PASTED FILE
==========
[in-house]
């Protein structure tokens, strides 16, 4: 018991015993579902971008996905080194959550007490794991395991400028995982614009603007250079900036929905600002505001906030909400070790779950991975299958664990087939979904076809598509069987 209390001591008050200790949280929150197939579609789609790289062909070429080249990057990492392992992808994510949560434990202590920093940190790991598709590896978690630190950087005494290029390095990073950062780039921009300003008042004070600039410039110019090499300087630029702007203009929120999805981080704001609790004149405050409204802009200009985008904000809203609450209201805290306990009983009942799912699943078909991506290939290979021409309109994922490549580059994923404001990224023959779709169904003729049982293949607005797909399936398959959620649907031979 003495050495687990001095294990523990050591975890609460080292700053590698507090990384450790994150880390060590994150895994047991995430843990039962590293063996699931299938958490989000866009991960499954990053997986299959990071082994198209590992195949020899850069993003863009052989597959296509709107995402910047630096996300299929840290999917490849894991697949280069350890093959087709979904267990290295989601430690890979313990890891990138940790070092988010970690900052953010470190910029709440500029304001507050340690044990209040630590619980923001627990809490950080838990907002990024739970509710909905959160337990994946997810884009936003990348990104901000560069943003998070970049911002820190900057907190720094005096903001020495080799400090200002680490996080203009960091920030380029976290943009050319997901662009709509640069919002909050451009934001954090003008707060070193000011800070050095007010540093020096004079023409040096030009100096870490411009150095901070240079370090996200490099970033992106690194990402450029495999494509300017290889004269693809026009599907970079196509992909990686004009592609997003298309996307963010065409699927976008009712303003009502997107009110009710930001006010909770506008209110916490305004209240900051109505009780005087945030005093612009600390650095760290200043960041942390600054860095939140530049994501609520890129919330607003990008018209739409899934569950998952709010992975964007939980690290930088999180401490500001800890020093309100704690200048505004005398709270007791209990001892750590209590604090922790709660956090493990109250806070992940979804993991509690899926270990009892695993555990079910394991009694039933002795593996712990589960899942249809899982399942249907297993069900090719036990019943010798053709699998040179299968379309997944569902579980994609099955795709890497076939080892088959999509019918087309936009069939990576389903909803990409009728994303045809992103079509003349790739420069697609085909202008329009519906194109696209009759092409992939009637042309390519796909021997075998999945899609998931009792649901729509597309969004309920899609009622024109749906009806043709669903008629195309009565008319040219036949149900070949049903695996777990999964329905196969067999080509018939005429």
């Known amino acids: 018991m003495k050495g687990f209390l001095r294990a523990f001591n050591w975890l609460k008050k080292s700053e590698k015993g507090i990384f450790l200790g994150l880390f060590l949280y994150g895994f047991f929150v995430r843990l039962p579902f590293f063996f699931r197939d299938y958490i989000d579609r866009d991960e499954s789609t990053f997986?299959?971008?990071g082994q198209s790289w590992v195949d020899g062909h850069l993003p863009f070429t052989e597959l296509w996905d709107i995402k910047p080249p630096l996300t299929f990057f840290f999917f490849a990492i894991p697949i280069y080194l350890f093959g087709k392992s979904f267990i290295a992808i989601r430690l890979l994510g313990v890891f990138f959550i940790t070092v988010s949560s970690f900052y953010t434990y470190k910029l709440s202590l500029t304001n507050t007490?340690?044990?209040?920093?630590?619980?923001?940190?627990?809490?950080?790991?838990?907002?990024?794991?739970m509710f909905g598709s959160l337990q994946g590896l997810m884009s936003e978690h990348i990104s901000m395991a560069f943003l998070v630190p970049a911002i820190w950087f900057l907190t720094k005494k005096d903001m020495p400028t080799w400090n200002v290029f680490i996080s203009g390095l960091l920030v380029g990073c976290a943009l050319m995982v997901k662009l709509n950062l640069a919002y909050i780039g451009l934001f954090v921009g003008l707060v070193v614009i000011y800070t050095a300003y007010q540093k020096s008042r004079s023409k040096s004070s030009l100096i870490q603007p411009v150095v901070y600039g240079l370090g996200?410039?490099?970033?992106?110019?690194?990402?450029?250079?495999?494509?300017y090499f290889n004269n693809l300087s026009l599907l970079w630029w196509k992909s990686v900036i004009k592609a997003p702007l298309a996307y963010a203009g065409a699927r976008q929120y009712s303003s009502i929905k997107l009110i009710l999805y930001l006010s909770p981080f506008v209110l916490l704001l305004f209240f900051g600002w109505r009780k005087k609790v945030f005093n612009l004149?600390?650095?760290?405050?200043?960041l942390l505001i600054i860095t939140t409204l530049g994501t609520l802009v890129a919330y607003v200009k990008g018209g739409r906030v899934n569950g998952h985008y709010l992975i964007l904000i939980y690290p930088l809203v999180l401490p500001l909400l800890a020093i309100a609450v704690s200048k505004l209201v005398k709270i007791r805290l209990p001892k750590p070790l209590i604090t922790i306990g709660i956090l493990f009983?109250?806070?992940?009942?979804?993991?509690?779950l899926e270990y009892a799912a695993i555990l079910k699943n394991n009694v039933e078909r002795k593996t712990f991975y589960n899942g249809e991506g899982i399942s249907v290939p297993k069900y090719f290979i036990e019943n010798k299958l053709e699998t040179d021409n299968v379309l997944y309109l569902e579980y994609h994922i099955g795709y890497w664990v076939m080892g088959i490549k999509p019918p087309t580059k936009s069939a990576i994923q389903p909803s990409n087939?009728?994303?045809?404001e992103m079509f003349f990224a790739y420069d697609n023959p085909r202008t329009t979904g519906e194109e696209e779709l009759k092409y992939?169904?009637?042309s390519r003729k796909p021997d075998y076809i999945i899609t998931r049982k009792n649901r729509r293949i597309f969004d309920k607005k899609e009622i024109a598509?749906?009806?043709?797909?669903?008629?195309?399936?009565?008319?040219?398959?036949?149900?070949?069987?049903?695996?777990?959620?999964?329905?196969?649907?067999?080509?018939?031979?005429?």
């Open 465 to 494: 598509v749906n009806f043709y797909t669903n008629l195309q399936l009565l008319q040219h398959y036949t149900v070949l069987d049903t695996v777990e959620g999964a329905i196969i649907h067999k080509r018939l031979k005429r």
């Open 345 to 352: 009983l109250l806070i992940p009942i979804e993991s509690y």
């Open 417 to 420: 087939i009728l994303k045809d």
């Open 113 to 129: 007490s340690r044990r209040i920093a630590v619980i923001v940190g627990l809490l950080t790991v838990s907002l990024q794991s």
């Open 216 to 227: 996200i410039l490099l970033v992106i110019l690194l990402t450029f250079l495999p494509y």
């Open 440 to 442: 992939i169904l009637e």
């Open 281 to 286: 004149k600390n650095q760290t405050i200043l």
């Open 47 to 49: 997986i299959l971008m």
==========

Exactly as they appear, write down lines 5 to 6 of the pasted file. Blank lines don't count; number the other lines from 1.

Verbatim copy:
């Open 345 to 352: 009983l109250l806070i992940p009942i979804e993991s509690y």
């Open 417 to 420: 087939i009728l994303k045809d």